DIY cherry blossoms or other flowers. You could even tie dye a pair of tights or wooden clothespins. Here in Germany I happened to have a pile of white, fabric-covered buttons, known as Wäscheknöpfe (buttons usually used for linens). Some were really old and yellowed, but most were really white and looked new. I thought it would be fun to see how they did in the Easter egg dye, so I gave it a try and learned a few things along the way.
Confession: I geeked out a little and summed up my experiences in the figure below. When I edit scientific research articles I see a lot of weird tables and figures, so I decided to do a spoof of a microbiology figure to summarize my results. Cell analysis figures often have a LOT going on visually, so I figured I'd just do the same in showing what worked with the buttons and the dye. Check that out and then scroll down to see a little more explanation.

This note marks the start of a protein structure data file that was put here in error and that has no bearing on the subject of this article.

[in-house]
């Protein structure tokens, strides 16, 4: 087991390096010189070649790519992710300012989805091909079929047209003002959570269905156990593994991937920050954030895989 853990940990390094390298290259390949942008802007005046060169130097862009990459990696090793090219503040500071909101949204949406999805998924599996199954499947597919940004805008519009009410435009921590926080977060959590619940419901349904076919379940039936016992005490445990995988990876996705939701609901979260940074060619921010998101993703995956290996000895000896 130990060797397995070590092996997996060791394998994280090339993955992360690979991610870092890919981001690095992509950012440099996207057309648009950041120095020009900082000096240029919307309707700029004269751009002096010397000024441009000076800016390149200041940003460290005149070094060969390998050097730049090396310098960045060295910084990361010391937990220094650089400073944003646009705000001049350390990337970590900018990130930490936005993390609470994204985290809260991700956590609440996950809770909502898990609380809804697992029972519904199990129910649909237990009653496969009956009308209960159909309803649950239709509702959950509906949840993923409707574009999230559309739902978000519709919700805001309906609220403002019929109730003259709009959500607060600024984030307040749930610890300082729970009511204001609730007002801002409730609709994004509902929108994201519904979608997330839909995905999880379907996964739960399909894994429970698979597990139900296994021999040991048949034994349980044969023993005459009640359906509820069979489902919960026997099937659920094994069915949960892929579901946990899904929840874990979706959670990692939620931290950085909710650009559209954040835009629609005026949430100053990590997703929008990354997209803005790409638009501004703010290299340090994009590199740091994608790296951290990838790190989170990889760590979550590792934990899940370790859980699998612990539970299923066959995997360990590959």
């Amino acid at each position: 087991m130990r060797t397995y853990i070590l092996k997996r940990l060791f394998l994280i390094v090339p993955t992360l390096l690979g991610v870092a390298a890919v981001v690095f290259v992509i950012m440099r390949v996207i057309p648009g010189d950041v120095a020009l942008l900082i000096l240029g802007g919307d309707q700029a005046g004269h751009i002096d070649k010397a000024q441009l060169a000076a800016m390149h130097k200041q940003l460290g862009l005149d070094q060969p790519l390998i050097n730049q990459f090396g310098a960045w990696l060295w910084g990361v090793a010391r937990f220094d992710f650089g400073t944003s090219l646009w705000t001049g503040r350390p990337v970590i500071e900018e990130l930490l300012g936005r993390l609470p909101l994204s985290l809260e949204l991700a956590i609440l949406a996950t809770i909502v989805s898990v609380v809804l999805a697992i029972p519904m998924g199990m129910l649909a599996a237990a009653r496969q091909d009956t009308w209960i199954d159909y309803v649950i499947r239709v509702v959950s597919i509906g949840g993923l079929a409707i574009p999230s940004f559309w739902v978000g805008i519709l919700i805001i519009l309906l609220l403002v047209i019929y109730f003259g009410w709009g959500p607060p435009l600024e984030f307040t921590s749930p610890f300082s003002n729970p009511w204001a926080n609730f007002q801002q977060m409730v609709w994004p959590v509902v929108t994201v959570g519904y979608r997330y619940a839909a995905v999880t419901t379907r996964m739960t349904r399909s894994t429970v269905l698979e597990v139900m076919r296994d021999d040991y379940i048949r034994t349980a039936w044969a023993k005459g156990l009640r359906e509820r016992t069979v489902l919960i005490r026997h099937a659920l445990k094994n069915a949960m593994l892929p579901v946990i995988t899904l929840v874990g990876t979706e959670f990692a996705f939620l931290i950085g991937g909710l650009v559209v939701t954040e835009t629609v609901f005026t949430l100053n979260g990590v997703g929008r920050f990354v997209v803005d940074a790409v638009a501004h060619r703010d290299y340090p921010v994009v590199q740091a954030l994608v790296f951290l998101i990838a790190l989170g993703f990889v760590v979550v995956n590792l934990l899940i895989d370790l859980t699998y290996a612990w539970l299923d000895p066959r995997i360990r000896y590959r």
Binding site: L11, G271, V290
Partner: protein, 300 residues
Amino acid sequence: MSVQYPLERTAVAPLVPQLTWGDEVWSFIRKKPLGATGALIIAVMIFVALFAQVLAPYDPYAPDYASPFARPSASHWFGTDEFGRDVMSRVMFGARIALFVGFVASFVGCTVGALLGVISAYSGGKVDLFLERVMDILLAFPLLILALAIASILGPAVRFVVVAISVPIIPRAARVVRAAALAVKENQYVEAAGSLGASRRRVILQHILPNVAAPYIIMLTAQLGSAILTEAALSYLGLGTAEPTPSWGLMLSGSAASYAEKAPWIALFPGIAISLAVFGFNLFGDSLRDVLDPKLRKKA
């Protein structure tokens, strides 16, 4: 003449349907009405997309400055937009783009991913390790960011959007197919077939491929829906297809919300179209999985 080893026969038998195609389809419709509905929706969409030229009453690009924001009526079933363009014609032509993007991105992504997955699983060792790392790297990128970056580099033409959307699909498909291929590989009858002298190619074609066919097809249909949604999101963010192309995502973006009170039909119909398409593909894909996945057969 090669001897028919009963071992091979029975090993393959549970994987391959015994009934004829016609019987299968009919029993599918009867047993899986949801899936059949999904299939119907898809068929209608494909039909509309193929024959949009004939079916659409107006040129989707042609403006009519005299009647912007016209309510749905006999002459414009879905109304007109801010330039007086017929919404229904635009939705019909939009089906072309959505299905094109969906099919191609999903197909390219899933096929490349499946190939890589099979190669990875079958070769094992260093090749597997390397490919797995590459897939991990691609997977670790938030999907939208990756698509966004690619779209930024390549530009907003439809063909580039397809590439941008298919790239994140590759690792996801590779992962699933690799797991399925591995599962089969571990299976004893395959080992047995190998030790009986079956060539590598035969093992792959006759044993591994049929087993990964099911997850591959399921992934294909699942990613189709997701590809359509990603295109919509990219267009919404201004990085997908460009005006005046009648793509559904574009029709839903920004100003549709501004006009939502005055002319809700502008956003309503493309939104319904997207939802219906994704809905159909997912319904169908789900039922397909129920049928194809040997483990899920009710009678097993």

The key things to note are: Old, yellowed buttons can actually work really well (see A, above), and increased exposure to dye does not necessarily equal a better result, surprisingly (see B, above). I dyed more blue and red because I wasn't very impressed with the yellow, orange, or green dyes. The yellow and orange were too faint, and the green was just too neon for me.
A quick, 30 second dip in the dye lead to the same results as a 2 minute dip, meaning this could be a really quick DIY project. Four minutes seemed to deliver the most saturation and even coloring, but anything longer than 4 minutes resulted in uneven saturation and even some discoloring, unless it was the 7 minute old, yellowed buttons. This was especially disappointing as I did this to the majority of my red and blue buttons thinking that 7+ minutes would bring an even deeper saturation. Oh well.
All in all, a pretty successful little adventure. I think I'll dye a few clothespins and then toss the dye. What about you? Have you ever dyed something other than eggs with Easter egg dye?